Immediate amputation is the removal of a limb of a patient within twelve hours post-injury as necessitated by an irreparable injury to the limb. The limb is removed surgically so as to control pain or the progression of a disease affecting the limb. Thus, medical conditions that lead to immediate amputation include malignancies and gangrene. The orthopaedic surgeon (amputator) may recommend amputation of a limb when there is: (1) a high-grade open fracture, (2) severe injury in the blood vessels that leads to ischemia and necrosis, or (3) a significant damage to the nerve (e.g. posterior tibial nerve damage).1 When the limb can no longer be salvaged, and at the same time, life-threatening, immediate amputation may need to be executed. The person that underwent amputation is referred to as an amputee.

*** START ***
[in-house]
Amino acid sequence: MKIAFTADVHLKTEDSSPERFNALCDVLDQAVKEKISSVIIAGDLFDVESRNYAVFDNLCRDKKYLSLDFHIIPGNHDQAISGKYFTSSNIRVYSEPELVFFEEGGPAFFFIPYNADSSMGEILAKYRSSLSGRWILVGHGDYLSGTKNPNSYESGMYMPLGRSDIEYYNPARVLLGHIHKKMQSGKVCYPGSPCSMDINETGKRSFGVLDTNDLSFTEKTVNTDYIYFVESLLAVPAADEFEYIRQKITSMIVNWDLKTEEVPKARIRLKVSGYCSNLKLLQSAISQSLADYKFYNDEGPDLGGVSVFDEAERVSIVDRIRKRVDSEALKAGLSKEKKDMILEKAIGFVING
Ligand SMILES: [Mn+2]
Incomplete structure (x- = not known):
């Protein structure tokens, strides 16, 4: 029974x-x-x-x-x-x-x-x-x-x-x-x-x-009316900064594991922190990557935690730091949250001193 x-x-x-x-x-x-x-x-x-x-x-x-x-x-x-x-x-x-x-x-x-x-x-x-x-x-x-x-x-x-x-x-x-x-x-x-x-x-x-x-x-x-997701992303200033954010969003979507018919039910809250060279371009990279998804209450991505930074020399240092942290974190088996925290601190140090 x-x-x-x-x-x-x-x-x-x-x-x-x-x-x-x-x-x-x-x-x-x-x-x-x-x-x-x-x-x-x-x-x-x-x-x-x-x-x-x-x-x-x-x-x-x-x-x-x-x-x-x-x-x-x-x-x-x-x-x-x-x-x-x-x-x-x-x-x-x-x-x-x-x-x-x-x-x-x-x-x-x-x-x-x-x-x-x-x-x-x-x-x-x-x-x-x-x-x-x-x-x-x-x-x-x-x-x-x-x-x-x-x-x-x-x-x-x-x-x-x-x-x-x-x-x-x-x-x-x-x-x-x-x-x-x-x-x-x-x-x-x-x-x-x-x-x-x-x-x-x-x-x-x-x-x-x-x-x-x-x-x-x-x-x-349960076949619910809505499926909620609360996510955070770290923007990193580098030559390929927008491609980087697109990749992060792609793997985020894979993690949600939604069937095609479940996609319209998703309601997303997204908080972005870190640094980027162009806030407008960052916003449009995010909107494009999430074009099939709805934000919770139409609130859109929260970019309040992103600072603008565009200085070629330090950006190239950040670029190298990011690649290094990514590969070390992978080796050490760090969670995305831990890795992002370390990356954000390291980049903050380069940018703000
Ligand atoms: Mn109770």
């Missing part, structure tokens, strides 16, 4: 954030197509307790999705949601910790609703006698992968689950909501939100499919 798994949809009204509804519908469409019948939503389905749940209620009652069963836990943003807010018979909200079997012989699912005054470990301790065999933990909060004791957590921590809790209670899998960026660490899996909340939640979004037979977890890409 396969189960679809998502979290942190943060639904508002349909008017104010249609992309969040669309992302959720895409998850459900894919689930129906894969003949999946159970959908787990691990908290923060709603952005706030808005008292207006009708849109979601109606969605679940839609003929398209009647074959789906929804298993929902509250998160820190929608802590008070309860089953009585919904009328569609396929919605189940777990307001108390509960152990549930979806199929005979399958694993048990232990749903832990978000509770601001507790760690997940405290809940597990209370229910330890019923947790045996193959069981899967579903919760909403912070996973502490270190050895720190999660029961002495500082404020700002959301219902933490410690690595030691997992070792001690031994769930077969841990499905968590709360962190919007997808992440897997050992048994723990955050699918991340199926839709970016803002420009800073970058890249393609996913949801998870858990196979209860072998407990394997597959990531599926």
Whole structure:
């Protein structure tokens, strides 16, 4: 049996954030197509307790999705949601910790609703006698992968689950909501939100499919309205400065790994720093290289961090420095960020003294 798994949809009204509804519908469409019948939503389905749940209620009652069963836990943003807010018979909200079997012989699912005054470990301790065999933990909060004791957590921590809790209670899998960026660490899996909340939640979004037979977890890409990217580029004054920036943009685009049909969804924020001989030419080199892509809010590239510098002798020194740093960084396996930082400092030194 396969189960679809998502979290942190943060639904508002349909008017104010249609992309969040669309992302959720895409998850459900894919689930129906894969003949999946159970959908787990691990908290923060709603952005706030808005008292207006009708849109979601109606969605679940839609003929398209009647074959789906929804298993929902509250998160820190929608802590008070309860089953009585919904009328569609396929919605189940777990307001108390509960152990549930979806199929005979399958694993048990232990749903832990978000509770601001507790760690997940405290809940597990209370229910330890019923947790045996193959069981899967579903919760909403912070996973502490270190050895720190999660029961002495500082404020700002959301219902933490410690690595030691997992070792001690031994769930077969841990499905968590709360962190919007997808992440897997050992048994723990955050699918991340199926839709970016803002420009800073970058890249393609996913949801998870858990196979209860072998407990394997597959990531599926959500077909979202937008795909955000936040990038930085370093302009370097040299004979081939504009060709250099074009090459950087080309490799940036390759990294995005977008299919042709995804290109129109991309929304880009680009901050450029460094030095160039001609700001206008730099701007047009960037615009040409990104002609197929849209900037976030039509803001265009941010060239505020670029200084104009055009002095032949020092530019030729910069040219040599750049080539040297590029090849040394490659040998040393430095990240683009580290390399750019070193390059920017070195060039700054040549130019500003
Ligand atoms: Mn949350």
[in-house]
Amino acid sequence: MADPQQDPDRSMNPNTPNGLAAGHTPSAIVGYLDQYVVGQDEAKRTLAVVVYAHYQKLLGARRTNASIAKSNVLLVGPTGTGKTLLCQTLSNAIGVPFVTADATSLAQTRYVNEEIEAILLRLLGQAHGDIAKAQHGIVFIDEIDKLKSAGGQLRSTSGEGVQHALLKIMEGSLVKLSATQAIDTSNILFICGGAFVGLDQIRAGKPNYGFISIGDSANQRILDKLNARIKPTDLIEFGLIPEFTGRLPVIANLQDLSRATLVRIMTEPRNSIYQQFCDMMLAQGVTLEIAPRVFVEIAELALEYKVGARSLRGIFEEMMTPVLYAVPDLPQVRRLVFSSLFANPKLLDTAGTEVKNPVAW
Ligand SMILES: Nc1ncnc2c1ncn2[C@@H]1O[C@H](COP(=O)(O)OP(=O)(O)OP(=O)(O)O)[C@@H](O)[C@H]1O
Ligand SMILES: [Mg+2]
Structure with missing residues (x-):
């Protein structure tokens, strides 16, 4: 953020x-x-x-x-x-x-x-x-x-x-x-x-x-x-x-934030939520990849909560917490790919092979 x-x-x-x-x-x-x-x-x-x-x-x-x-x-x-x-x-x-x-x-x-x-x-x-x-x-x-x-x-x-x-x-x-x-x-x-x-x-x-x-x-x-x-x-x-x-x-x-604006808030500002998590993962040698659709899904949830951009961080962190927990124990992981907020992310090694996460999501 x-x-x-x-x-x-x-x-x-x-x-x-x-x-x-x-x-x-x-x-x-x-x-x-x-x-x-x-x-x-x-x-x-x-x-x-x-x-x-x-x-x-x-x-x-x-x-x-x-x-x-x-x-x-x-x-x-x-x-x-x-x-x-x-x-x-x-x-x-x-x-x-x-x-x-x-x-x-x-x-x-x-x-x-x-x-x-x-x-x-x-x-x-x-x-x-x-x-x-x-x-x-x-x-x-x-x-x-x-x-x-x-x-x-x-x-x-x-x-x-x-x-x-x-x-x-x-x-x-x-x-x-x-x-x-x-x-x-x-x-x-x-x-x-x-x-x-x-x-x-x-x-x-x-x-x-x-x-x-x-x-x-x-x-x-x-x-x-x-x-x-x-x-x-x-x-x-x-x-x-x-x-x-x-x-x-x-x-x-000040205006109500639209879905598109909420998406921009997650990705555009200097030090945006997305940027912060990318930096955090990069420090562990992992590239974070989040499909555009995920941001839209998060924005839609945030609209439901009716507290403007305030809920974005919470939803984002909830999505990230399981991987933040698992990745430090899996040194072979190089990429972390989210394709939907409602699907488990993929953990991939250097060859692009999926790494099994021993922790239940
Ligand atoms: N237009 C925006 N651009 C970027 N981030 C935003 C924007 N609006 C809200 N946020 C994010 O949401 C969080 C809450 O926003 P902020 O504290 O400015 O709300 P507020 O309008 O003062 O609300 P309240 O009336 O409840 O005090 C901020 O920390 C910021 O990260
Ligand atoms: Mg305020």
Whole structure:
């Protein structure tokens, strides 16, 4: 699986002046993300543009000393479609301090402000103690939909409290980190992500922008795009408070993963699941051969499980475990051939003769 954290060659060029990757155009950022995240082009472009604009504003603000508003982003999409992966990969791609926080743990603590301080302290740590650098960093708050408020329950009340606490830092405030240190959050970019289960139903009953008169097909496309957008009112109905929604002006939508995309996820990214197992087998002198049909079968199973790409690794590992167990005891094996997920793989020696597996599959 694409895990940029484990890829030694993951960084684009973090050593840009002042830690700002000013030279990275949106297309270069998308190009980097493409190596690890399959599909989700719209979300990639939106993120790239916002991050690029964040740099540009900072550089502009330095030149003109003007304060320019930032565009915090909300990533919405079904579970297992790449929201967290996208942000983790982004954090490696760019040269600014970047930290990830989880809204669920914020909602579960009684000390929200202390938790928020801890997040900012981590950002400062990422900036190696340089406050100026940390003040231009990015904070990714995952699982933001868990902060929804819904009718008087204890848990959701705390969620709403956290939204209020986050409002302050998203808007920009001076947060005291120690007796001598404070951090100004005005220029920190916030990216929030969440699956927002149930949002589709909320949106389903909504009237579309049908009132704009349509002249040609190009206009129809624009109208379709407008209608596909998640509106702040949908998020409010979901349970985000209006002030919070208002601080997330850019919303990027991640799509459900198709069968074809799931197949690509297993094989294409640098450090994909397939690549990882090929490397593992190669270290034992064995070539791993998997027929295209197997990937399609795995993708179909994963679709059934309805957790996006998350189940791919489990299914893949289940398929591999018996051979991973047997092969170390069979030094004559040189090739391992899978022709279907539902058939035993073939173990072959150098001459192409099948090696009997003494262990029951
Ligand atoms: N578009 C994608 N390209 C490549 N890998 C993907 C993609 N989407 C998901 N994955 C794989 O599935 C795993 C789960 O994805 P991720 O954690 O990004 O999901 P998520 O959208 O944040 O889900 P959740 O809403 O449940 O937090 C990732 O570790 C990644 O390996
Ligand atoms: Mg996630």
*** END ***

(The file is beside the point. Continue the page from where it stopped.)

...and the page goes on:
- The Decision to Salvage or Amputate. (2000, March). Retrieved from Medscape website: https://www.medscape.com/viewarticle/410430_3
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